This tin is perfectly round and the lid has a Christmas sleigh scene covering the entire space. There is a small red house in the center of the tin surrounded by snow and some pine trees directly next to it. Behind the house are more trees but they are all bare. In the front of the house the parents are riding on a red sleigh pulled by two horses. They are waving to two children who are playing with a small dog and pulling a sled. The whole scene is pushed back and there are larger trees seemingly closer to the viewer like you are looking through them to the scene.
The sides of the container which are not part of the lid are an orangeish red color. It has rust in various places . The bottom and inside of the canister are the normal silver color of the tin. There are multiple rust stains and darker areas that are from either dirt or use but most of the surface is still the shiny finish of the metal.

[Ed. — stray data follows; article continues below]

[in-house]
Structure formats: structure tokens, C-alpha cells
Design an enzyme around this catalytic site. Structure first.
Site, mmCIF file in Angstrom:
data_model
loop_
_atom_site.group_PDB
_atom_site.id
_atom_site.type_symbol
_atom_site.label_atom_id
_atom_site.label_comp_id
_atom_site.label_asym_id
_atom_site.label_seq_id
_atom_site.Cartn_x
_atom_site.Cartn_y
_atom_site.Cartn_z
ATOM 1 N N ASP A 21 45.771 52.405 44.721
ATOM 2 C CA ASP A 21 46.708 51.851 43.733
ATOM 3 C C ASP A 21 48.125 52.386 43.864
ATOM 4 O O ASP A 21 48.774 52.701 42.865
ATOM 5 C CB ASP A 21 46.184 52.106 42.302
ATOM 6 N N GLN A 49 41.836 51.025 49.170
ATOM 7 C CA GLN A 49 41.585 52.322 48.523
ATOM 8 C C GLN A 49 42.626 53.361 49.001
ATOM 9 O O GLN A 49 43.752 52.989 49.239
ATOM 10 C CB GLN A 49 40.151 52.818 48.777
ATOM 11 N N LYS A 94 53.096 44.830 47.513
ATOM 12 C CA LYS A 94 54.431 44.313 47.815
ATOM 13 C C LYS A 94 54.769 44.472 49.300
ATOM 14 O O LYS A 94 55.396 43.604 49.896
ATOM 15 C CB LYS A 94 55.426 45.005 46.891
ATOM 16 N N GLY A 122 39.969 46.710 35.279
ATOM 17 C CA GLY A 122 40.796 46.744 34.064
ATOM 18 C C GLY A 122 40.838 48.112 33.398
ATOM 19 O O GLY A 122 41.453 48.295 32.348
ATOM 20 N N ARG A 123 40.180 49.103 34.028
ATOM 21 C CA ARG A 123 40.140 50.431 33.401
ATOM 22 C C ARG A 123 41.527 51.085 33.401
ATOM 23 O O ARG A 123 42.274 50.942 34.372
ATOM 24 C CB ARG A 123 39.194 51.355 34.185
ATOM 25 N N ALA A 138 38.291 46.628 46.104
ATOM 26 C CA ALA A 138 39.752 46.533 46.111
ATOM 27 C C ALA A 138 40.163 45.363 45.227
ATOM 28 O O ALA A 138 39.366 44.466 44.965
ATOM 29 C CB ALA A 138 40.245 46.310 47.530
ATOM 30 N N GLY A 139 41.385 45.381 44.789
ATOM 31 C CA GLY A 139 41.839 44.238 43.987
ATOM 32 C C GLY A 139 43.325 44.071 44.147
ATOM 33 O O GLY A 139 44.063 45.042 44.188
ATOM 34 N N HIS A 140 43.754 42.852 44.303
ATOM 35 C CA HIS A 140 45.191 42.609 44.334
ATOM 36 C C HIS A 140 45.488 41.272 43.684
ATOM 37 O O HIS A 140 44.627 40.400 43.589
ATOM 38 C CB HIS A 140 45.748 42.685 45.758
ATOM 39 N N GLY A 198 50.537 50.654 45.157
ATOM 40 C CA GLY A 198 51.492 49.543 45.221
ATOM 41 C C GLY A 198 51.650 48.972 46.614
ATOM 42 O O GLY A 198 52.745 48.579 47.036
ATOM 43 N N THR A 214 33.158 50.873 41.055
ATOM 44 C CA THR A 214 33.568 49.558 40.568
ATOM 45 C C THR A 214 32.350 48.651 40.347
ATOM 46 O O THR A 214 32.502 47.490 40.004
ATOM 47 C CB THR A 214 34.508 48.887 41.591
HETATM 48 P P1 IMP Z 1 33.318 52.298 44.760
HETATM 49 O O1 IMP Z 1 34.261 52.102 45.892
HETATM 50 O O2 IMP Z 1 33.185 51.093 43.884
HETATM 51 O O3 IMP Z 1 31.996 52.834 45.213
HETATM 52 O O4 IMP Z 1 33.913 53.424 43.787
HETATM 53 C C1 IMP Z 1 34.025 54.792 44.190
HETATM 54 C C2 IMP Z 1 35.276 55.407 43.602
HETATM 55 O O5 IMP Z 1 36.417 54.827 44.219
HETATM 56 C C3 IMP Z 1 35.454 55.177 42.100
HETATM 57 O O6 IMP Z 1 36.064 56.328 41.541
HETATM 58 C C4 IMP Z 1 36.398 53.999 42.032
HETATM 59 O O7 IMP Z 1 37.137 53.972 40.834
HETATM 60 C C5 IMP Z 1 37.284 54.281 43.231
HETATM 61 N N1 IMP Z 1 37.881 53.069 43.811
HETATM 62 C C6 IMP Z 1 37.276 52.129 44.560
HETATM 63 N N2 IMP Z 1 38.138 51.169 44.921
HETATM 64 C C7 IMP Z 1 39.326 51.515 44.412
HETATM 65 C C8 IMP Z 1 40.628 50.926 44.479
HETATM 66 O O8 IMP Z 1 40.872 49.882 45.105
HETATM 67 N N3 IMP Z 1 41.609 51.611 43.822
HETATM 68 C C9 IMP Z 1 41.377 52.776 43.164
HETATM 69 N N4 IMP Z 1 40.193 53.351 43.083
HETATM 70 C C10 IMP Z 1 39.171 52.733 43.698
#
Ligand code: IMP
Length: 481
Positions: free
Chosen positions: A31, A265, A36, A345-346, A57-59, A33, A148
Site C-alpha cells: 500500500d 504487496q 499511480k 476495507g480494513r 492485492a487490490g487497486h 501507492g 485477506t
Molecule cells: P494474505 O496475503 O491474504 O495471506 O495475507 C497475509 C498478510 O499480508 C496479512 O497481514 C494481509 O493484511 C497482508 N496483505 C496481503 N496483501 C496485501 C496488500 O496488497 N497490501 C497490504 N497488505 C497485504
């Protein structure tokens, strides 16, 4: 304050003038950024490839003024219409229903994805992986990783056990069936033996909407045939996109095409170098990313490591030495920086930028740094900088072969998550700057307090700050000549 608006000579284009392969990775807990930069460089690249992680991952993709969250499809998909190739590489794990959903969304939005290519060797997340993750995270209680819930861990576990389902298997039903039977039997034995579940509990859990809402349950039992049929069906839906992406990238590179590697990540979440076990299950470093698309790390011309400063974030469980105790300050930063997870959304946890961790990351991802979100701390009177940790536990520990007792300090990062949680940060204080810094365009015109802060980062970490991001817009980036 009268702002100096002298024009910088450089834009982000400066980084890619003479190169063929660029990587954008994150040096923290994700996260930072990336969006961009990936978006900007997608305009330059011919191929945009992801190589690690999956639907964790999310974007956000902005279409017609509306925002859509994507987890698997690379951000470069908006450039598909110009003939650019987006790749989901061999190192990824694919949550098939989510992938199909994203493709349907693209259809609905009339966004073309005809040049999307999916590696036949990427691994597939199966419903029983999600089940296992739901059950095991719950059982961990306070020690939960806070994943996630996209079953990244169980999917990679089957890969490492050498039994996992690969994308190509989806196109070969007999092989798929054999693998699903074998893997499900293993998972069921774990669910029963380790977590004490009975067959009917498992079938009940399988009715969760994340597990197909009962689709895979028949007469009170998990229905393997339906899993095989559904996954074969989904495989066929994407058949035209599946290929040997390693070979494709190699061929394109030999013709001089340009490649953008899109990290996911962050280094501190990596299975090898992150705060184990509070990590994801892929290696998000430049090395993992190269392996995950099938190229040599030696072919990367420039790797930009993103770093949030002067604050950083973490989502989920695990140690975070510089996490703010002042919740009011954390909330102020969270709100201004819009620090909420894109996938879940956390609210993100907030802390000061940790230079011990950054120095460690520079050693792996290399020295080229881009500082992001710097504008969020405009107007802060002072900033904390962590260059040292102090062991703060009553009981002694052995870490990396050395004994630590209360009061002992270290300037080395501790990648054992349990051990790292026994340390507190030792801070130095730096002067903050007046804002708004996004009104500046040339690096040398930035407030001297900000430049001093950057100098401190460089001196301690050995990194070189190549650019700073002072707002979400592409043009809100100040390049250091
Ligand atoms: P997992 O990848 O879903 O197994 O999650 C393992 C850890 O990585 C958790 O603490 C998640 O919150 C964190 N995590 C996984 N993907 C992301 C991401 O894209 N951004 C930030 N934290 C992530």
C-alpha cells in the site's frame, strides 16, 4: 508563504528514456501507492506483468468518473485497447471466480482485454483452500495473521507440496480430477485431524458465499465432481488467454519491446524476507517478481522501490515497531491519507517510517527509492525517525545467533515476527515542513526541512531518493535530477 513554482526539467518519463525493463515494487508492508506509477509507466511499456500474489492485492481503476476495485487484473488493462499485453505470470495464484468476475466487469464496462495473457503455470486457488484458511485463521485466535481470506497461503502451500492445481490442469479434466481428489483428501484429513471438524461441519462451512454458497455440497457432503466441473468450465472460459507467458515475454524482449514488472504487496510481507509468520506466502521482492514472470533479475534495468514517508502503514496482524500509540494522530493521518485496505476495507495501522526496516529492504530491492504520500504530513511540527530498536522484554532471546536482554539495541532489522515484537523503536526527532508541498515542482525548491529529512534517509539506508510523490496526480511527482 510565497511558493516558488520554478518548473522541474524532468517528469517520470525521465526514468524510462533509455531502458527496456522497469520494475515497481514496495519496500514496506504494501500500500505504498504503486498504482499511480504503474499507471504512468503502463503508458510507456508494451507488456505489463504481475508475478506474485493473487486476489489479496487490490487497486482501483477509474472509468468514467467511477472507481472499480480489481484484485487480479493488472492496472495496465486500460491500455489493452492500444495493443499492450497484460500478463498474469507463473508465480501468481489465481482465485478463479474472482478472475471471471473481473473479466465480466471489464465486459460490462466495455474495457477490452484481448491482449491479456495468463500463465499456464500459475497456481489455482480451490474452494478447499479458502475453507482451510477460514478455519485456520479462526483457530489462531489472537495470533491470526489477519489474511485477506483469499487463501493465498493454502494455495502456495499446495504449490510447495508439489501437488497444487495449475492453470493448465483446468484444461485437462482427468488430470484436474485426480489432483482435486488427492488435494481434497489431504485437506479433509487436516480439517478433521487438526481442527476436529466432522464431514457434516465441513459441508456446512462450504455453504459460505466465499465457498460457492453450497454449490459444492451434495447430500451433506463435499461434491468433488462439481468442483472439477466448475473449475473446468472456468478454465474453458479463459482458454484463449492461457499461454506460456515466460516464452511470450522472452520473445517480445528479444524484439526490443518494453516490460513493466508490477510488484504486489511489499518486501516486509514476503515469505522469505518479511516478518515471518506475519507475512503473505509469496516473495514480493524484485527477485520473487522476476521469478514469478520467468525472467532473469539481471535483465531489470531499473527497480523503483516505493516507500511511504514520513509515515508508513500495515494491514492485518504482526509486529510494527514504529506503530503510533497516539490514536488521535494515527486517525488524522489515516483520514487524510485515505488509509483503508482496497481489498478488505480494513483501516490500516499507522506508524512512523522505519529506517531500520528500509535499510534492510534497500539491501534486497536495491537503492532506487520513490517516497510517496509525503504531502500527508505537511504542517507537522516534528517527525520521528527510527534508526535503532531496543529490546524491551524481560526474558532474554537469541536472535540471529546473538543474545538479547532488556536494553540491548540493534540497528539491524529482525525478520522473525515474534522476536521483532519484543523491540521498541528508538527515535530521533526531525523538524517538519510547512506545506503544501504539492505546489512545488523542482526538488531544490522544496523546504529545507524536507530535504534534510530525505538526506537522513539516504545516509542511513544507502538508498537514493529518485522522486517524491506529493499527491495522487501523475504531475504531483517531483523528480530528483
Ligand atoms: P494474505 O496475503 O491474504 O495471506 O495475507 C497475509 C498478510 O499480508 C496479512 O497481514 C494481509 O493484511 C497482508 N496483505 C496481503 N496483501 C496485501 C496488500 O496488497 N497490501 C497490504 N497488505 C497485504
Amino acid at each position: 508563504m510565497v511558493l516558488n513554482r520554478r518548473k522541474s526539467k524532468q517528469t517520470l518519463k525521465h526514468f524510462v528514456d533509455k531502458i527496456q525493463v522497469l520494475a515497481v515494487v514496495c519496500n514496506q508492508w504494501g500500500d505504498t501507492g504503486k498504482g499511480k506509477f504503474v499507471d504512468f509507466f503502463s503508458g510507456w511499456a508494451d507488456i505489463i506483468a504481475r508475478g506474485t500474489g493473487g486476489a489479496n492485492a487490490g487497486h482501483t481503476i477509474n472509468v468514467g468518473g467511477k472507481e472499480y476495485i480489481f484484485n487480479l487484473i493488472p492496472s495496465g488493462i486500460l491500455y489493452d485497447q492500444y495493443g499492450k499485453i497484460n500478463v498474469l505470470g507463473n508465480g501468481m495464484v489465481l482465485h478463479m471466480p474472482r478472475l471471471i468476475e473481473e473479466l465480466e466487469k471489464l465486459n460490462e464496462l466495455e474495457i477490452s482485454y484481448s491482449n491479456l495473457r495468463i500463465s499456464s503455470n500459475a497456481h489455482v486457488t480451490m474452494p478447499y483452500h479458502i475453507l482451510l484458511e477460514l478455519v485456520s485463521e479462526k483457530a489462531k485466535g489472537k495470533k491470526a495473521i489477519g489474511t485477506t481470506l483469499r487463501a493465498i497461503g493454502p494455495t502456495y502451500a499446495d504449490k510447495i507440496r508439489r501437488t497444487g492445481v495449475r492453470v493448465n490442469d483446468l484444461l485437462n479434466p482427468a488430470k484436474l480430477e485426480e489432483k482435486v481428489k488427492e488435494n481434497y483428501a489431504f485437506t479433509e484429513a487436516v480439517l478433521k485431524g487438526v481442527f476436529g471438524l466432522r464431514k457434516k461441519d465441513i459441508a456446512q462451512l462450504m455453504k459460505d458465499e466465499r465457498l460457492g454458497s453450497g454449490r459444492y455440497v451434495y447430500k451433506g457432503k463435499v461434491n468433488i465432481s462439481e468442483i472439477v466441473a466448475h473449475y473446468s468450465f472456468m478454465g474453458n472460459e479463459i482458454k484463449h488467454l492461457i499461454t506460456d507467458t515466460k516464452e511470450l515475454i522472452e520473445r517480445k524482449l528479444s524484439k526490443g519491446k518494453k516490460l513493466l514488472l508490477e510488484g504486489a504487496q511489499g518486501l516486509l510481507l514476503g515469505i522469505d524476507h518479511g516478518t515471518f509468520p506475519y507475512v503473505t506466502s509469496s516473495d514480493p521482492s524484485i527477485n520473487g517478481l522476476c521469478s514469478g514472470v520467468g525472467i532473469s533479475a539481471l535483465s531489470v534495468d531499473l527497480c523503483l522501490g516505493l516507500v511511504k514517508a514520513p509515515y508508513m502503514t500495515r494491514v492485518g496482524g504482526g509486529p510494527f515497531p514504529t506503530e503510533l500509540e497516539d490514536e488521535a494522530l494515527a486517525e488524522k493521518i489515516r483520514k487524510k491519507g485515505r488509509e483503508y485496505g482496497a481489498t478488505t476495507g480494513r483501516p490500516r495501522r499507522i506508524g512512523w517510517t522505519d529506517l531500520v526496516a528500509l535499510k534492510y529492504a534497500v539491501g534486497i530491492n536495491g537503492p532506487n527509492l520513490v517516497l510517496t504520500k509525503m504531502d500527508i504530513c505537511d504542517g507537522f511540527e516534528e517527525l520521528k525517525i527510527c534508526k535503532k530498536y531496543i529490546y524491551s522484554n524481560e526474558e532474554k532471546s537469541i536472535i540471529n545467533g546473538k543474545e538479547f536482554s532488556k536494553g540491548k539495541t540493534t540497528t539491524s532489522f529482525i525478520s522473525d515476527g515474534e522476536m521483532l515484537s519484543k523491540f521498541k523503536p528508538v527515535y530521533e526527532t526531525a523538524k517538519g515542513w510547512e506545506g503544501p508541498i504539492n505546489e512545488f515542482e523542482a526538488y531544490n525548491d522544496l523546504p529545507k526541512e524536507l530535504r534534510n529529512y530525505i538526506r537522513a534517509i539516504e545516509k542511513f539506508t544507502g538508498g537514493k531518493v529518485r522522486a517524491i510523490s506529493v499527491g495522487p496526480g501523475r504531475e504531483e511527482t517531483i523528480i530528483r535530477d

Paulina Franks' grandfather, John Rassogianis, came to Chicago in the 1890s. He began his life in the new city by peddling fruits and later, with the help of his sons Alex and George, would open a candy store. In the 1920s Paulina Franks' father Constantine became a part of the family business and the store was able to prosper. When the second business closed Paulina Rassogianis chose to hold as many of the candy store's items as possible and, later, donate them to the National Hellenic Museum.
The Rassogianis family began their candy business in Chicago proper, working out of their own shop named "St. Louis Ice Cream Parlor." Eventually, the shop was closed and the Rassogianis' chose to continue their candy store venture in Berwyn, Illinois. The new shop they chose to open was named Alex's Sweet Shop.
Paulina Franks' father was a key contributor to the success of the Rassogianis candy stores. While Constantine Rassogianis was a noteworthy entrepeneur, he also had many other accomplishments. Among these was his four years of involvment in the Greek national military during World War I wherein he obtained the rank of sergeant. Also, he was a published author and poet, an experienced mandolin player, a church officer and had extensive knowledge of psalti.